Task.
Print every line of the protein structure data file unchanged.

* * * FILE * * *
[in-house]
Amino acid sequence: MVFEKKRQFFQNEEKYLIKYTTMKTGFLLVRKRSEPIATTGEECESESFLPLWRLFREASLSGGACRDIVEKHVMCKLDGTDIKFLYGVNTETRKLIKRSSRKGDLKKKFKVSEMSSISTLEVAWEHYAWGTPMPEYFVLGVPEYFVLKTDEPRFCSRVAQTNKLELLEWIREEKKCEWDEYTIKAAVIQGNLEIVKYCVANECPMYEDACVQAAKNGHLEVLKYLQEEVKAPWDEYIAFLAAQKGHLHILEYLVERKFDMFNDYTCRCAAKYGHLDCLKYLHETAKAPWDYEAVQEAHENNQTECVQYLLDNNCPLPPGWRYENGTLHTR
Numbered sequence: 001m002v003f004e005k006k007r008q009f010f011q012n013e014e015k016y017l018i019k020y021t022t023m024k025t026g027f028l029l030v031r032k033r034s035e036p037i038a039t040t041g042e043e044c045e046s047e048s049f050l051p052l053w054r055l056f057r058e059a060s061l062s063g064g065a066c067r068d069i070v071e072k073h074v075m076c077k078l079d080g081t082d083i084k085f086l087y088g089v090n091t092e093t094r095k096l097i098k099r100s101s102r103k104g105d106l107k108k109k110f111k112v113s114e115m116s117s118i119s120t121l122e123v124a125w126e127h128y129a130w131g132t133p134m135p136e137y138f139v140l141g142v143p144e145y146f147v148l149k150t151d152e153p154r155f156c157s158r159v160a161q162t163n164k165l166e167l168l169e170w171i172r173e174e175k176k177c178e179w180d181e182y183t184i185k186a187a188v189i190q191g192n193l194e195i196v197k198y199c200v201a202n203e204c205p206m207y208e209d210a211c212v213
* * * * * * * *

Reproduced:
[in-house]
Amino acid sequence: MVFEKKRQFFQNEEKYLIKYTTMKTGFLLVRKRSEPIATTGEECESESFLPLWRLFREASLSGGACRDIVEKHVMCKLDGTDIKFLYGVNTETRKLIKRSSRKGDLKKKFKVSEMSSISTLEVAWEHYAWGTPMPEYFVLGVPEYFVLKTDEPRFCSRVAQTNKLELLEWIREEKKCEWDEYTIKAAVIQGNLEIVKYCVANECPMYEDACVQAAKNGHLEVLKYLQEEVKAPWDEYIAFLAAQKGHLHILEYLVERKFDMFNDYTCRCAAKYGHLDCLKYLHETAKAPWDYEAVQEAHENNQTECVQYLLDNNCPLPPGWRYENGTLHTR
Numbered sequence: 001m002v003f004e005k006k007r008q009f010f011q012n013e014e015k016y017l018i019k020y021t022t023m024k025t026g027f028l029l030v031r032k033r034s035e036p037i038a039t040t041g042e043e044c045e046s047e048s049f050l051p052l053w054r055l056f057r058e059a060s061l062s063g064g065a066c067r068d069i070v071e072k073h074v075m076c077k078l079d080g081t082d083i084k085f086l087y088g089v090n091t092e093t094r095k096l097i098k099r100s101s102r103k104g105d106l107k108k109k110f111k112v113s114e115m116s117s118i119s120t121l122e123v124a125w126e127h128y129a130w131g132t133p134m135p136e137y138f139v140l141g142v143p144e145y146f147v148l149k150t151d152e153p154r155f156c157s158r159v160a161q162t163n164k165l166e167l168l169e170w171i172r173e174e175k176k177c178e179w180d181e182y183t184i185k186a187a188v189i190q191g192n193l194e195i196v197k198y199c200v201a202n203e204c205p206m207y208e209d210a211c212v213